–Derek Wolfe of Cincinnati is really showing a lot the past two days, today especially. He’s a guy who on film doesn’t always show great rushing ability, but he reacts to what blockers are trying to do to him very well and can take advantage of poor balance or over-extension. He’s been able to execute that well this week, and he’s a guy I’ll need to watch a bit more of afterwards because I was not sold pre-draft on Wolfe at all.
-I won’t talk about Courtney Upshaw again today, because he played well and explosive today, very difficult for anyone to block though not as consistent as previous days. Also, Quinton Coples has since regressed from a dominating first day to me, and still flashed some inconsistencies today. Melvin Ingram of South Carolina still hasn’t dominated the way I thought he would, but I think he’s looked best as a inside rusher from the end spot, making him a potential great fit as a 3-4 defensive end.
-It was interesting watching three different linebackers all show a little bit different styles/abilities in coverage and coverage drills today. To start, Nigel Bradham of Florida State is tough for me to figure out. He is so polished in coverage, flipping his body with balance well to his drops and having little wasted motion in coverage. However, he’s a bit slow footed and isn’t great in his lateral quickness, which will likely will hurt in a quicker Cover 2 scheme in the NFL. Still, his natural abilities in that role are intriguing along with his length, and he’s done adequately versus tight ends.
-A bit of a different story at linebacker was Sean Spence, who doesn’t seem to flip smoothly and get quickly and with balance to his coverage drops, but has just outstandingly quick feet and a powerful burst in his cuts. He seems to lean back too much as well, something that will hinder his explosive ability when he is asked to drop into coverage. Still, he shows patience and reacts well in short area routes and seems to have a good overall feel for receivers around him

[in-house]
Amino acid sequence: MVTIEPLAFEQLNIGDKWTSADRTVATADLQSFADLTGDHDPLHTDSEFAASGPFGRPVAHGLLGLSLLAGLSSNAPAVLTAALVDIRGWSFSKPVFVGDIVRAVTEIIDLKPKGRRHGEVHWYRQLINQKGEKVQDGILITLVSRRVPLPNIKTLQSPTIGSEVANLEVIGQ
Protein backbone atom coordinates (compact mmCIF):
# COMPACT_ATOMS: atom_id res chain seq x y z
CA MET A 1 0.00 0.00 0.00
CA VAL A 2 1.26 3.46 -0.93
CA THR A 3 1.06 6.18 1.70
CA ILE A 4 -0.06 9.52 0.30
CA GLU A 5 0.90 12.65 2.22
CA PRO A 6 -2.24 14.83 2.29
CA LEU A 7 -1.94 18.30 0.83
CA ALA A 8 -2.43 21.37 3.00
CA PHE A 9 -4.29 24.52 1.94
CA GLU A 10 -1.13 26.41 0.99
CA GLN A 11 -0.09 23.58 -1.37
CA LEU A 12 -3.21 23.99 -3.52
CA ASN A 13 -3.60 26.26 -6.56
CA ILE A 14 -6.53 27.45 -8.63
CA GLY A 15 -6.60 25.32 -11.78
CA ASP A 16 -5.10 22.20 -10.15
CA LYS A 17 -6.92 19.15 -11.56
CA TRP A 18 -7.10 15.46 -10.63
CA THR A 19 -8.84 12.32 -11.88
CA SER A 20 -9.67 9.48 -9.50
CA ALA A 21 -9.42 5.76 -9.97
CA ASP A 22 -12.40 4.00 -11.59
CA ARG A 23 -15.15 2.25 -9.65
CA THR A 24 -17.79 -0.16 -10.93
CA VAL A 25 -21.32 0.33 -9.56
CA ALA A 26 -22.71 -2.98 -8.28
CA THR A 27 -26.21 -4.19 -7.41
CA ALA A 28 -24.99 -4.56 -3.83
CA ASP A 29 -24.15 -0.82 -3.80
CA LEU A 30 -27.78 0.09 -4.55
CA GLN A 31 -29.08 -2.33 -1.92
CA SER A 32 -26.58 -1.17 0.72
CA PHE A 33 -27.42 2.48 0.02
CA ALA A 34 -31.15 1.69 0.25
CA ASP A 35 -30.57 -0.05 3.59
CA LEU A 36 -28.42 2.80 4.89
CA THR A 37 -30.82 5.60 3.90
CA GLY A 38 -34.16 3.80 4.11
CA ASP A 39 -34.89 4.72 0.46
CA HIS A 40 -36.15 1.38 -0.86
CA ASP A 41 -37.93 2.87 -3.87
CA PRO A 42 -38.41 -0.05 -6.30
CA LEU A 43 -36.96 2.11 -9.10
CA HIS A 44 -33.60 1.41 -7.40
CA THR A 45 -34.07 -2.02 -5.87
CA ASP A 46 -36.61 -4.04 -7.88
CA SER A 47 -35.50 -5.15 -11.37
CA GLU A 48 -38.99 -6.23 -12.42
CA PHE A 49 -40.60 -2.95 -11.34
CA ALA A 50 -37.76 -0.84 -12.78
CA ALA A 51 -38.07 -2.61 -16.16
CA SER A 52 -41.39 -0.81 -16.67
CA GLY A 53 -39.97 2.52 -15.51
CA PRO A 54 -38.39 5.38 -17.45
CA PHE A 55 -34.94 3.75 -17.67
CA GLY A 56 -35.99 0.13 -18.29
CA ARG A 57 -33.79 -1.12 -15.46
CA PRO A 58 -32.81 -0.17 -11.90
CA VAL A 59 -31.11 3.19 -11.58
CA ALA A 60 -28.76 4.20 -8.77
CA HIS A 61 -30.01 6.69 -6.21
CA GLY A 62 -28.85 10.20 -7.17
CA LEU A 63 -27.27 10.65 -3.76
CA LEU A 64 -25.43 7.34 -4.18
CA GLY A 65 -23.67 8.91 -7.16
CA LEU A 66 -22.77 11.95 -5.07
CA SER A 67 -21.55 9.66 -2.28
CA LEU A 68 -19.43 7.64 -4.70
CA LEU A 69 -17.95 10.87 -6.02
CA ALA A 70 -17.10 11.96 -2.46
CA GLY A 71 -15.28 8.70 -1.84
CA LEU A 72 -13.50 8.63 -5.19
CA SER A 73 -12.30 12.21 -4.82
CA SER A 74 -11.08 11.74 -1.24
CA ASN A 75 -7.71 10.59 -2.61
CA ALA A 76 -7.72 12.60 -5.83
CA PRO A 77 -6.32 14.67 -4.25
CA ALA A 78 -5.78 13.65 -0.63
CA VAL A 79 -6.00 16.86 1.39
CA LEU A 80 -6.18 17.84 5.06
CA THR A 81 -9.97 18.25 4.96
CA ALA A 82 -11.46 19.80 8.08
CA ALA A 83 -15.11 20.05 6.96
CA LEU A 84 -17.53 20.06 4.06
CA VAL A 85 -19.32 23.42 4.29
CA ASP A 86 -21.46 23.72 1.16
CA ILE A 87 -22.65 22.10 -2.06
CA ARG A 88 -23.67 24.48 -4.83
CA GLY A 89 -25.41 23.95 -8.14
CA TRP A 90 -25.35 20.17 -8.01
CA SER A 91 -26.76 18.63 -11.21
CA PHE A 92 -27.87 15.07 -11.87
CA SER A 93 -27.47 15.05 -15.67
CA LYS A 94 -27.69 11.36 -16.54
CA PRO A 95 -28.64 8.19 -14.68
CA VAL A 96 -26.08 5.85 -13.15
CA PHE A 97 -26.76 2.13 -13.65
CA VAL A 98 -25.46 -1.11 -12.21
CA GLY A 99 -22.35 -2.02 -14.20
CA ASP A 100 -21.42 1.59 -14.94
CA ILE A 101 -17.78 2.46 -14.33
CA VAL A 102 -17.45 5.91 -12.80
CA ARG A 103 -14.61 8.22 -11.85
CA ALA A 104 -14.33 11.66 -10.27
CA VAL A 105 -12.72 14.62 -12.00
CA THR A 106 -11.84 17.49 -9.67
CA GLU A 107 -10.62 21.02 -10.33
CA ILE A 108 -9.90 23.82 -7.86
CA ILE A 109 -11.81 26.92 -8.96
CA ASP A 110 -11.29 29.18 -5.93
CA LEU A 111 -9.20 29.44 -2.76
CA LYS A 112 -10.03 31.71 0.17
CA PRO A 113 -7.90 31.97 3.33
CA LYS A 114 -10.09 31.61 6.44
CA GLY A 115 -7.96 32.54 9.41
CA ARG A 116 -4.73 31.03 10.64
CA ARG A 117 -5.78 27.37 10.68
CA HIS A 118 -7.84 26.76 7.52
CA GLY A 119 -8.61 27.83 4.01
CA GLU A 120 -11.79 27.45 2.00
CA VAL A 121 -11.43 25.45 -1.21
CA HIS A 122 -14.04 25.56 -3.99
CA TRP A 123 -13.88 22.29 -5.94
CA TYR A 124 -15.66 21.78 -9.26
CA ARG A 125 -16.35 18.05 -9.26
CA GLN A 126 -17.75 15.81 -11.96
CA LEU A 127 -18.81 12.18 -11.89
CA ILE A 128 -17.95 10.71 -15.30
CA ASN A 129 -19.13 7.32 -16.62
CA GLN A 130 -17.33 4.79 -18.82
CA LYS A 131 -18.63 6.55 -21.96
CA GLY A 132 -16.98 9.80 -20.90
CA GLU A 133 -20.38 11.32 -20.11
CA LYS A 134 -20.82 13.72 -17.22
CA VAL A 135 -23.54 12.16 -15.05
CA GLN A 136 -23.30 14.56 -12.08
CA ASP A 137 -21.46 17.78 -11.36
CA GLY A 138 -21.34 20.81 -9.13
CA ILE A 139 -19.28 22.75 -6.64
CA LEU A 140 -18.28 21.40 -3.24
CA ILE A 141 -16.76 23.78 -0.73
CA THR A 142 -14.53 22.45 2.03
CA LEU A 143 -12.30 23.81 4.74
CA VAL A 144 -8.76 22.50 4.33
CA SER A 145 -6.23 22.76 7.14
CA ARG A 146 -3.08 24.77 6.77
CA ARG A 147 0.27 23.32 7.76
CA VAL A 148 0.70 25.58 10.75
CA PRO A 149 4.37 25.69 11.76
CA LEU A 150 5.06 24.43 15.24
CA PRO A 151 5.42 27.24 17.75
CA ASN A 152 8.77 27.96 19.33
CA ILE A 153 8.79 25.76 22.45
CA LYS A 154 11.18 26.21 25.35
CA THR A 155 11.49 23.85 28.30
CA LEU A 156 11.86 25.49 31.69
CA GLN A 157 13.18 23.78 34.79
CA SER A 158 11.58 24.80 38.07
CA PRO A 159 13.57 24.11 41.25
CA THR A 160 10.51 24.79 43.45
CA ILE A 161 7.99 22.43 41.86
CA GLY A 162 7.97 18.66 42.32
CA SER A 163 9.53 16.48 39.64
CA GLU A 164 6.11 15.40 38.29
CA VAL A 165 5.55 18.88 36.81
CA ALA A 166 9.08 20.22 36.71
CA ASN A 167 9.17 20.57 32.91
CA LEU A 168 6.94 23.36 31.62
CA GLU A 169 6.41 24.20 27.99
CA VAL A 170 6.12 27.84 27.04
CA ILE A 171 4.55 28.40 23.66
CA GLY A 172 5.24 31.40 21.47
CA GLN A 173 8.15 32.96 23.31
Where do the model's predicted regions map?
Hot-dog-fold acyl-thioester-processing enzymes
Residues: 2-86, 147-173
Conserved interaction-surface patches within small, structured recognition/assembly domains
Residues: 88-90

-The final different scouting angle at linebacker was Emmanuel Acho who seems like a poor mix of both Spence and Bradham in coverage. He doesn’t have overly quick feet and has a lot of wasted motion in quicker linebacker drills as well as in short area coveraeg plays. He overall doesn’t look like anything but an inside linebacker at this point to me, where we (thanks to Alex Brown of Optimum Scouting) have him at in our rankings at this point.
–Janoris Jenkins of North Alabama also continued to show his physical nature, though still at times over-aggressive and trying to be too physical. Still, he can drive and redirect routes with his hands down the field, stays tight in the receivers hip pocket and battles well and without an interference call down the field, turning and running very fluidly. He needs to turn and react to the ball a little better, especially receivers with the height advantage. He also closed very well in the short area passing game and tracks the ball well in coverage.
–Ryan Steed of Furman can really extend and drive in press coverage, but struggled a bit again today with transitioning from that press to staying tight down the field. He had a few nice coverage plays in vertical routes and got down the field well, using his length, but he also struggled to transition from press to quicker inside routes. The same went at times for Vanderbilt’s Casey Hayward, though I’ve seen him better at that in game film than he showed today.
-DeQuan Menzie of Alabama has some physicality at the line of scrimmage and can extend and stay fairly tight across the middle, but he just isn’t quick nor fluid enough to likely play out of a zone scheme in the NFL.